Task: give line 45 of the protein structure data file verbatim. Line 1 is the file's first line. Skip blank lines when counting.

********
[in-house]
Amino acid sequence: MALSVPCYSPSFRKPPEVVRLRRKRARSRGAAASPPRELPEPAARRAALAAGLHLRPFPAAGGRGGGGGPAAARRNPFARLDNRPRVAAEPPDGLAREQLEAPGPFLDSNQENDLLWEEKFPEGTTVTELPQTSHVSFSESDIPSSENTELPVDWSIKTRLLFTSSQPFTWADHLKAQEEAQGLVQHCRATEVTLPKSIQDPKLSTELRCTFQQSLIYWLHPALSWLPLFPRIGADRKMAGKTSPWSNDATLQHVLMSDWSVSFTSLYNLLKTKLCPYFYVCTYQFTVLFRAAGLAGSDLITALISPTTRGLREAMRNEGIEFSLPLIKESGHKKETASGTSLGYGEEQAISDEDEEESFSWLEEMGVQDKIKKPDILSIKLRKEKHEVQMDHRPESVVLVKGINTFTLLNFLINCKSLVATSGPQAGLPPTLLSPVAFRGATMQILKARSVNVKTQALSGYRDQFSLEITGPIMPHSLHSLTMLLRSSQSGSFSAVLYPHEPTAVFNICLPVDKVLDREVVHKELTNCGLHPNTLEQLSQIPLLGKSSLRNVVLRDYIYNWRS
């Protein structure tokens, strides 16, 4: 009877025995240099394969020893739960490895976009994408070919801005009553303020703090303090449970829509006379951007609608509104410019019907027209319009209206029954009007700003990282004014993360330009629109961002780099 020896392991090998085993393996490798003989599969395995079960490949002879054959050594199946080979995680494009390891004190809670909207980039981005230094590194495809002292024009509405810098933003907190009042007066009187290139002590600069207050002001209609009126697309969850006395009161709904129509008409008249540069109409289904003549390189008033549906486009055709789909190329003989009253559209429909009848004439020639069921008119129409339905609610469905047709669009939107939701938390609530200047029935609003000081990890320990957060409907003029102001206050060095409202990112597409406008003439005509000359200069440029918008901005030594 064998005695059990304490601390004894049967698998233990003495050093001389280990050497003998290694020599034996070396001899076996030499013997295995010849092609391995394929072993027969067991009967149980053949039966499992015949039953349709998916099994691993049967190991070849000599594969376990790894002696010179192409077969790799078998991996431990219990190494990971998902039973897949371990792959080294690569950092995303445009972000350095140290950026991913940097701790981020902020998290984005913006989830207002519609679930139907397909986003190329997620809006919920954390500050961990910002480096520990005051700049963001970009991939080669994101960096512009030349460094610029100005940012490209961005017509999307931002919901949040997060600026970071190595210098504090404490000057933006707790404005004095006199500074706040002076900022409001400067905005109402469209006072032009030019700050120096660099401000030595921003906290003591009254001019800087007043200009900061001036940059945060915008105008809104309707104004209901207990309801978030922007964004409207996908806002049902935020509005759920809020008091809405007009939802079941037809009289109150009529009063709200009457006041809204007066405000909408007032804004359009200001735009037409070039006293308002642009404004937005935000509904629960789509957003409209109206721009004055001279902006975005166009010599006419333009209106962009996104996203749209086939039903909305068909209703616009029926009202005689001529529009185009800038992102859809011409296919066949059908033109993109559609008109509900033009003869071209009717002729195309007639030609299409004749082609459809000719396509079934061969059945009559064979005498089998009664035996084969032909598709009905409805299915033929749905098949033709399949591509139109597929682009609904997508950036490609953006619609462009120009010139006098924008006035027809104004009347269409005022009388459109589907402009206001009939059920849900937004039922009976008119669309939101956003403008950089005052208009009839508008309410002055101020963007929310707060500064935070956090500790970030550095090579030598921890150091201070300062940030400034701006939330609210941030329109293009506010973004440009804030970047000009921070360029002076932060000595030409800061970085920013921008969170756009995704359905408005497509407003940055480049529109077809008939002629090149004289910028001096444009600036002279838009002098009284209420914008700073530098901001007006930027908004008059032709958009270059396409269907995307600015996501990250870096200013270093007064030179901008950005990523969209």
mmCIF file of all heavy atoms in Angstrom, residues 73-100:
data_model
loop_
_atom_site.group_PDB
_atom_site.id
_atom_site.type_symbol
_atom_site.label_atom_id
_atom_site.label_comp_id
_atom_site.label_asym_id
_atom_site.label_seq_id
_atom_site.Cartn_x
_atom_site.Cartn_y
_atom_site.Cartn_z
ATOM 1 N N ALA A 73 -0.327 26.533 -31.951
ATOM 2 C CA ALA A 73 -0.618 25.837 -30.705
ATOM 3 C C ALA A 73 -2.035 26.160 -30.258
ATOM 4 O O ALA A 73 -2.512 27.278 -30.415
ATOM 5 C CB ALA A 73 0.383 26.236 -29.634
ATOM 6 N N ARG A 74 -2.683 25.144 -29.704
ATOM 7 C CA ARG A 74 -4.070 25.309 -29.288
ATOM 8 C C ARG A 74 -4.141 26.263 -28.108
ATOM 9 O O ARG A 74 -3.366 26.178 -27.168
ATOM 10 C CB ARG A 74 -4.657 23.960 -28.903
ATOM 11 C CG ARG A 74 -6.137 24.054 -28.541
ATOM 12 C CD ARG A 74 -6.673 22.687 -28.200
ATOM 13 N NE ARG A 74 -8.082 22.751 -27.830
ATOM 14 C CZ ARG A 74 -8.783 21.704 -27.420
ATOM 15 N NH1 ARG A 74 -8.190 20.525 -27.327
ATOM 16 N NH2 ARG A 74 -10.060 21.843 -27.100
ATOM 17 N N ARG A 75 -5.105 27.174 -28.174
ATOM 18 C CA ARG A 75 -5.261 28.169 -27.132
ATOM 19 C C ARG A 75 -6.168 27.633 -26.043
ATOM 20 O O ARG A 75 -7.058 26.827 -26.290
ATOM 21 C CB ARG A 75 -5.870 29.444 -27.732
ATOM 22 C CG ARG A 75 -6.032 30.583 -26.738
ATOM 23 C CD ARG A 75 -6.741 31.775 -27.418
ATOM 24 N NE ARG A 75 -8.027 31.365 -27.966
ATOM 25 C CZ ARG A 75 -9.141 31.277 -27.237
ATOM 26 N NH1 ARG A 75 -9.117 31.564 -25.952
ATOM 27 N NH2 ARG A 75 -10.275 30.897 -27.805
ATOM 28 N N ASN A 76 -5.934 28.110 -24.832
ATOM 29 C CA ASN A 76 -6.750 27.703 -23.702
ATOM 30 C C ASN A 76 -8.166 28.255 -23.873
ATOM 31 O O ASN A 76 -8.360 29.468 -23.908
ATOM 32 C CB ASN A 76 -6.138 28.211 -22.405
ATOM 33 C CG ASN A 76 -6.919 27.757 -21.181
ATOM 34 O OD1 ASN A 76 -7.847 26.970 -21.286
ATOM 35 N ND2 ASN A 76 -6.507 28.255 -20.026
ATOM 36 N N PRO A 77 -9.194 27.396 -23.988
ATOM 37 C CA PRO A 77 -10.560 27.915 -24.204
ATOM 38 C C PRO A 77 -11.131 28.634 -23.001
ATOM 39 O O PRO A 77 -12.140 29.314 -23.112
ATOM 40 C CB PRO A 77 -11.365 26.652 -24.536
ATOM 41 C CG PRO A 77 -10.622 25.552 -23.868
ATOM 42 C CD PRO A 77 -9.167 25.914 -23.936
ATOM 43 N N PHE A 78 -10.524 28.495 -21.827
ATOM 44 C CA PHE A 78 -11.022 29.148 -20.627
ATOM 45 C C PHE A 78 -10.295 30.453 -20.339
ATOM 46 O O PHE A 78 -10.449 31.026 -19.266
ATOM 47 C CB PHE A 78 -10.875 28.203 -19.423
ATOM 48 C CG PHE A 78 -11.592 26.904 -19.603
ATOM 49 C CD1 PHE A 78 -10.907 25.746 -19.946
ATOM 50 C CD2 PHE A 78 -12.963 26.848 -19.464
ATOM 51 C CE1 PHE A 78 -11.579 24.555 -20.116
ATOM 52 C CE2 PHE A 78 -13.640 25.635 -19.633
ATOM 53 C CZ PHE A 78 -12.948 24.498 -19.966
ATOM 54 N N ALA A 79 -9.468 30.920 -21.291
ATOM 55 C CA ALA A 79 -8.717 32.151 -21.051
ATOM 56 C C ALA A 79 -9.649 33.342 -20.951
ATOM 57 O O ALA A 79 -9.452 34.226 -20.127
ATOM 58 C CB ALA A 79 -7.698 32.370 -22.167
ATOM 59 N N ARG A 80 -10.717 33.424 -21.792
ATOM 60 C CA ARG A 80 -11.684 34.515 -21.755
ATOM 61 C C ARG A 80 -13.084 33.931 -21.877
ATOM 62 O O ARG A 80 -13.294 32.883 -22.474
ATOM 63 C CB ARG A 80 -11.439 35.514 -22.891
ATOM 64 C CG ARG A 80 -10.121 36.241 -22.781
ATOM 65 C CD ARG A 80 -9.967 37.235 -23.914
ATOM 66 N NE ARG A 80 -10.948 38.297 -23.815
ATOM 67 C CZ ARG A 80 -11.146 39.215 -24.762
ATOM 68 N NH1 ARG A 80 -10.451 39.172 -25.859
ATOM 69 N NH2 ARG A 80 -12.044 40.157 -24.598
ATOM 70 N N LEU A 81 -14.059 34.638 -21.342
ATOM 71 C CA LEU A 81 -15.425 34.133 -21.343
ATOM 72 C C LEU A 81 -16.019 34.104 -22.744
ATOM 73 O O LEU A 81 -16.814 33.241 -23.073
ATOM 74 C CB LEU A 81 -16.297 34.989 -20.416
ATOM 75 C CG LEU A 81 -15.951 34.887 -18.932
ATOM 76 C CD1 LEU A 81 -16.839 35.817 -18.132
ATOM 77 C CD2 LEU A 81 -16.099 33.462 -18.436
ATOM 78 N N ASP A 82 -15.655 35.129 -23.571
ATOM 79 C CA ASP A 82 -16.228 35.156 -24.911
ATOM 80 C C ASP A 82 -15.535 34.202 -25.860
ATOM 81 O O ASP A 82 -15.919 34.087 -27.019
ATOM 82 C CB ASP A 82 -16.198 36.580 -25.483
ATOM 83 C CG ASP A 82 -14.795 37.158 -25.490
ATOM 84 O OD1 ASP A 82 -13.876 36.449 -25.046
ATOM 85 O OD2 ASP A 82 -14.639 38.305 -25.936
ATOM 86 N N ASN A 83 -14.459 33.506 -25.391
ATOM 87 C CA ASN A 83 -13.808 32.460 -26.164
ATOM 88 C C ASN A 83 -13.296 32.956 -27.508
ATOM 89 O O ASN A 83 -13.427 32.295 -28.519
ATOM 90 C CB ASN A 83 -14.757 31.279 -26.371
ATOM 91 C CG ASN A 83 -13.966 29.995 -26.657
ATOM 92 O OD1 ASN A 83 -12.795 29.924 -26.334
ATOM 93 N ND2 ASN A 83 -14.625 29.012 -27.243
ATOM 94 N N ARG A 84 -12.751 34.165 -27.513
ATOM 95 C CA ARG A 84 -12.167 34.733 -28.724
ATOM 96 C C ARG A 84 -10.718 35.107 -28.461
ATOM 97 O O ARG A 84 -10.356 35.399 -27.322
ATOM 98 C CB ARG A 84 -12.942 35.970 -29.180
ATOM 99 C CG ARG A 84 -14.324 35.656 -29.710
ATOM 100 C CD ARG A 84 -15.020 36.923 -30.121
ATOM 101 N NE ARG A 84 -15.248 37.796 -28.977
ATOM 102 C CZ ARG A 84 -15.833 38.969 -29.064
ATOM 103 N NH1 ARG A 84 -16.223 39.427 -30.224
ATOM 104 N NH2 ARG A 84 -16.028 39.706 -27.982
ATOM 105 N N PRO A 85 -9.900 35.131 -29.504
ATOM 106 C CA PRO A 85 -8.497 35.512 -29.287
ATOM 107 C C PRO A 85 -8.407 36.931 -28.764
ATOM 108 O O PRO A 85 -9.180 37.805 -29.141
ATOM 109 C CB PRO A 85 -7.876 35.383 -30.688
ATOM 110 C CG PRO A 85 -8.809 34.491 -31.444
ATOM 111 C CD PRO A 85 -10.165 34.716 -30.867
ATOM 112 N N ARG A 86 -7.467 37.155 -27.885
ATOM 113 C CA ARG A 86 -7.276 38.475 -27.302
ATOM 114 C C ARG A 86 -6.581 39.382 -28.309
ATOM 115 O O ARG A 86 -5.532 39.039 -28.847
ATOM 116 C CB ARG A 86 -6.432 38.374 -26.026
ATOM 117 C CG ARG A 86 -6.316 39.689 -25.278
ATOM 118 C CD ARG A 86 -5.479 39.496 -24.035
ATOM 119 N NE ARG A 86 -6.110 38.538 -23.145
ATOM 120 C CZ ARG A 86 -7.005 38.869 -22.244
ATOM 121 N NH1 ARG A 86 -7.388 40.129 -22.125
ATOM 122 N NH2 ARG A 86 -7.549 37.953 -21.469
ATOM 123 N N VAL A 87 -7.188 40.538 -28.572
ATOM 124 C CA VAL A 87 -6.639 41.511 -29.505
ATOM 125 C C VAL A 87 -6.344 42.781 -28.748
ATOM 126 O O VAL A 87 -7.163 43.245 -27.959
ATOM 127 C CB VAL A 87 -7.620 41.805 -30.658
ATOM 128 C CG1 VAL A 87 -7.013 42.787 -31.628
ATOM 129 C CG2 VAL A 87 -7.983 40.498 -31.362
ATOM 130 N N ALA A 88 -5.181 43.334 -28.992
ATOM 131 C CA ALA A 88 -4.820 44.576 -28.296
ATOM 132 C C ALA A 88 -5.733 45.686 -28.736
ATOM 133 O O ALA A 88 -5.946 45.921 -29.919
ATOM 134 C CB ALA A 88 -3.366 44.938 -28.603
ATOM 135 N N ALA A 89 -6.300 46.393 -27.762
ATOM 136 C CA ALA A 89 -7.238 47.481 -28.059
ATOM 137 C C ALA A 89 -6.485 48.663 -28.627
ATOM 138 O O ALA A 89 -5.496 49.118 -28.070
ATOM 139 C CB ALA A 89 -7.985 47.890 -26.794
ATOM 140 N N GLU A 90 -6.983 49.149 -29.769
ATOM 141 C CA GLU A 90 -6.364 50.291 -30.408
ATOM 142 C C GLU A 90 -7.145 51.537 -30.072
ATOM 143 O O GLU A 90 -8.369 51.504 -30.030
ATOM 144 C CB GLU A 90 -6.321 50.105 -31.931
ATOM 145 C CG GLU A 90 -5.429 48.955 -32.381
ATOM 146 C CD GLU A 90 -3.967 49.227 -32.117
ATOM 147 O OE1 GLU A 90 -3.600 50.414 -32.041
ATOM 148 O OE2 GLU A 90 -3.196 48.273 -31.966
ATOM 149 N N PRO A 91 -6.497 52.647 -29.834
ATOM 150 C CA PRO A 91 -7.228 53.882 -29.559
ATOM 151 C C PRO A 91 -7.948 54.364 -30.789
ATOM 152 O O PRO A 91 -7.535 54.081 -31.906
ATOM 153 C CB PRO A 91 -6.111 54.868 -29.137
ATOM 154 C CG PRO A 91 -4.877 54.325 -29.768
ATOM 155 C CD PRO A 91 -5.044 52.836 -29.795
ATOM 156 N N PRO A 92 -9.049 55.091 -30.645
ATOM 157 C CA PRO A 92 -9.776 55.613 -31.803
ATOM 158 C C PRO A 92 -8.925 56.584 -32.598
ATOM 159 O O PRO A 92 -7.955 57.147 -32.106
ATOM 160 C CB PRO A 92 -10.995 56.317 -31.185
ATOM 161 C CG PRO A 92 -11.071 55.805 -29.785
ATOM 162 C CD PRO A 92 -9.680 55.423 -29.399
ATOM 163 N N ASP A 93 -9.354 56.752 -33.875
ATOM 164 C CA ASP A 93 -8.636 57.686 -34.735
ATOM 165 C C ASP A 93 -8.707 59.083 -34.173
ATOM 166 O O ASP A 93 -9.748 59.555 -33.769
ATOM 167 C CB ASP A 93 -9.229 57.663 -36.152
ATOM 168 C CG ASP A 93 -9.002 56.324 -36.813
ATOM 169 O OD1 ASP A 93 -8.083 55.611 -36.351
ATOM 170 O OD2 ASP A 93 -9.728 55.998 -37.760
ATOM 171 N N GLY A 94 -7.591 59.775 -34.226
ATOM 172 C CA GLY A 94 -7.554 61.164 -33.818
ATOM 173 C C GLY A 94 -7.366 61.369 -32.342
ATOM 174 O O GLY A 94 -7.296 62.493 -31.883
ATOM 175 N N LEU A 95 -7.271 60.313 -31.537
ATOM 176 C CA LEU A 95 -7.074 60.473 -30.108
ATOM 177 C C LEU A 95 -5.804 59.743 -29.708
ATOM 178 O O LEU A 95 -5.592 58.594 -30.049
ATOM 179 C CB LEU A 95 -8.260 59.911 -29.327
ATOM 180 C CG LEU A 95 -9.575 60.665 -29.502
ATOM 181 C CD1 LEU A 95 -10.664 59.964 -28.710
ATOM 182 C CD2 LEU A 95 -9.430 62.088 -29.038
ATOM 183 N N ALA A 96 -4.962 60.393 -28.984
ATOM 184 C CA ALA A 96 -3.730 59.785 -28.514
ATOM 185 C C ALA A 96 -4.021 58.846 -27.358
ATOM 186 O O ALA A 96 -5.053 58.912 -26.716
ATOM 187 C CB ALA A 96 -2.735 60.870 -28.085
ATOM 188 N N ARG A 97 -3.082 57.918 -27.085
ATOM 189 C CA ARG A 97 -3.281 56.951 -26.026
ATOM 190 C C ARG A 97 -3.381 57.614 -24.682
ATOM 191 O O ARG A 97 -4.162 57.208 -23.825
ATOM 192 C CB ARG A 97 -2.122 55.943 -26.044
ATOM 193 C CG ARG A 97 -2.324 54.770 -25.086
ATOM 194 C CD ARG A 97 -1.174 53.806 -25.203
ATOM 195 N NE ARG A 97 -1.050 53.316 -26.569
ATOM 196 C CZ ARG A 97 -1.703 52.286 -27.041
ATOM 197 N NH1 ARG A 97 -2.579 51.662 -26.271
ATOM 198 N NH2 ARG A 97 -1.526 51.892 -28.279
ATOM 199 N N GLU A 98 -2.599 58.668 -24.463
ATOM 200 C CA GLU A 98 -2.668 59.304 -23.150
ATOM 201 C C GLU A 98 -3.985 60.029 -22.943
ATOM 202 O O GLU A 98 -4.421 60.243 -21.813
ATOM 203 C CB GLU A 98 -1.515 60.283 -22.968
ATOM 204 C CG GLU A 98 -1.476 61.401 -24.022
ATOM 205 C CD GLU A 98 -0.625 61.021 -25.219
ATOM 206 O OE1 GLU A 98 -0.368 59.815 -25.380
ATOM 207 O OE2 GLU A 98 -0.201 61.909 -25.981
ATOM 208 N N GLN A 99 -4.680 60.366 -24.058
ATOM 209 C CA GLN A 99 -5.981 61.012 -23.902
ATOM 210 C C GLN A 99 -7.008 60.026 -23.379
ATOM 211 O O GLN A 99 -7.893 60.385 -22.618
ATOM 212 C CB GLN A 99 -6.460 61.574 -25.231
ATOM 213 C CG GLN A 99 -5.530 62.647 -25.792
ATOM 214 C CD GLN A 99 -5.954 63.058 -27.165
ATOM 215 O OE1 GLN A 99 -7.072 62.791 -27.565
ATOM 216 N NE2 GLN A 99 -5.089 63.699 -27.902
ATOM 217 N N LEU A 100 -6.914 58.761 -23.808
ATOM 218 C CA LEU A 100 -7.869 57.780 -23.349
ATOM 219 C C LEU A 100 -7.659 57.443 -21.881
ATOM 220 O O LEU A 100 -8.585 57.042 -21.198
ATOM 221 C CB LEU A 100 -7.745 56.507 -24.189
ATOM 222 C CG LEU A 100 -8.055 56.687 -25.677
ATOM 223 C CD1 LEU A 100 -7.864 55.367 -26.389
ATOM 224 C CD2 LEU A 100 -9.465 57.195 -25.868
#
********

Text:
ATOM 29 C CA ASN A 76 -6.750 27.703 -23.702